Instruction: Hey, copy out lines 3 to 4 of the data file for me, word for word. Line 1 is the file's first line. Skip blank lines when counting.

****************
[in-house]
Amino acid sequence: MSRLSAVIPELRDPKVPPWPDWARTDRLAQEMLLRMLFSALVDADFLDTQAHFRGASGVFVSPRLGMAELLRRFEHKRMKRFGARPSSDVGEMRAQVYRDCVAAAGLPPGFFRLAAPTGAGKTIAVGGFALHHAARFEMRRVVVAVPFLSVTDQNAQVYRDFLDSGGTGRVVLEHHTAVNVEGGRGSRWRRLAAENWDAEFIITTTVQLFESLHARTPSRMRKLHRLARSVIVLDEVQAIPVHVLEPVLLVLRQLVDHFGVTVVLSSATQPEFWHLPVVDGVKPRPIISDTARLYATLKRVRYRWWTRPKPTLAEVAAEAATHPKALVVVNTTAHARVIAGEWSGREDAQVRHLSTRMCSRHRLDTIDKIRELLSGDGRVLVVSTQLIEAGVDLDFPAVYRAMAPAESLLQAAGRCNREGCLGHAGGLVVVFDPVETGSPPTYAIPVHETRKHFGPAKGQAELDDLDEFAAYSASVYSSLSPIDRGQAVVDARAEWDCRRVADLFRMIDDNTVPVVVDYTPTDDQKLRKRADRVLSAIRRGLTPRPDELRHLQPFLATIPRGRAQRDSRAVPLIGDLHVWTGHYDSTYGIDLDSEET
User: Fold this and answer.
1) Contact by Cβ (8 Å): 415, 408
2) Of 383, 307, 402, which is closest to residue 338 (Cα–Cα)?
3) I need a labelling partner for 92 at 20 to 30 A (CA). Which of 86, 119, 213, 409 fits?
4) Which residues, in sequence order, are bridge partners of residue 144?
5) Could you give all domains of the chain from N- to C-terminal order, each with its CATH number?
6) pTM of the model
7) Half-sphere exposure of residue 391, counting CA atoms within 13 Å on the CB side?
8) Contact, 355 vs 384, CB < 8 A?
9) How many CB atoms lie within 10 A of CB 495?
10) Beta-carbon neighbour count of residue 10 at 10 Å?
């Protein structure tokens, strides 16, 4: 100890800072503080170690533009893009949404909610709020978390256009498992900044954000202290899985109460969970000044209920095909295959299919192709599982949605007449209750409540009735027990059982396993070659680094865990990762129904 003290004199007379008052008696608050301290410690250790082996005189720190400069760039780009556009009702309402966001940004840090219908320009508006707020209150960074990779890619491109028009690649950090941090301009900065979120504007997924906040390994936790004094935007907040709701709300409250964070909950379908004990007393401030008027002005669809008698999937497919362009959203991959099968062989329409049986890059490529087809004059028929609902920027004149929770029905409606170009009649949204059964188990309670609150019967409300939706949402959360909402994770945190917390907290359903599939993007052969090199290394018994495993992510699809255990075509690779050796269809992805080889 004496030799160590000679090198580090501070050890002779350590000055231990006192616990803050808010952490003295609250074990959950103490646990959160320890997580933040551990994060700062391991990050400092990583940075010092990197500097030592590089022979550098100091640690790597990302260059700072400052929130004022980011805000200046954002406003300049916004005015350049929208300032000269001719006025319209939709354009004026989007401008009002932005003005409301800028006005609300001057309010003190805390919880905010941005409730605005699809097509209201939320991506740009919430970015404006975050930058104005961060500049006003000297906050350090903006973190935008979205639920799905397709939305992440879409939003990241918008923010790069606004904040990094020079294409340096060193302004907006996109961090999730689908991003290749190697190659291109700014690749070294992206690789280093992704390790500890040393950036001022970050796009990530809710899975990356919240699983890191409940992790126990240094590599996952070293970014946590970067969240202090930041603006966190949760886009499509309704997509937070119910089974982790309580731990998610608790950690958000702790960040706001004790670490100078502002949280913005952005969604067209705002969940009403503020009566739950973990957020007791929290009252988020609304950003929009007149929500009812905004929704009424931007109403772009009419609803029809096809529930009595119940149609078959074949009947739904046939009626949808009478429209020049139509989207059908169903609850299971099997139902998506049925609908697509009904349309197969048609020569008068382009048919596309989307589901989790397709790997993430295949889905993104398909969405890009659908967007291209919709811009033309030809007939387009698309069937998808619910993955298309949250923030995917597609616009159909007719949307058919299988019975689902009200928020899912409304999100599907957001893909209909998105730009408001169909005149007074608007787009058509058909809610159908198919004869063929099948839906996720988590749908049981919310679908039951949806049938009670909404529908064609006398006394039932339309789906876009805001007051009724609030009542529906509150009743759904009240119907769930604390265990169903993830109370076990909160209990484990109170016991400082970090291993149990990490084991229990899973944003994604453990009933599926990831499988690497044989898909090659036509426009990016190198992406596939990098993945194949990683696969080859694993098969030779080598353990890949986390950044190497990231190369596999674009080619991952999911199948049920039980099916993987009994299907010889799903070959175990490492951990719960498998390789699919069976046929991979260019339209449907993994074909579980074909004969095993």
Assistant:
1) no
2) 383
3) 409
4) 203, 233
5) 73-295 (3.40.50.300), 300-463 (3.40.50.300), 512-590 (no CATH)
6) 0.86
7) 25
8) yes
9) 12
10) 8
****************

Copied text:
User: Fold this and answer.
1) Contact by Cβ (8 Å): 415, 408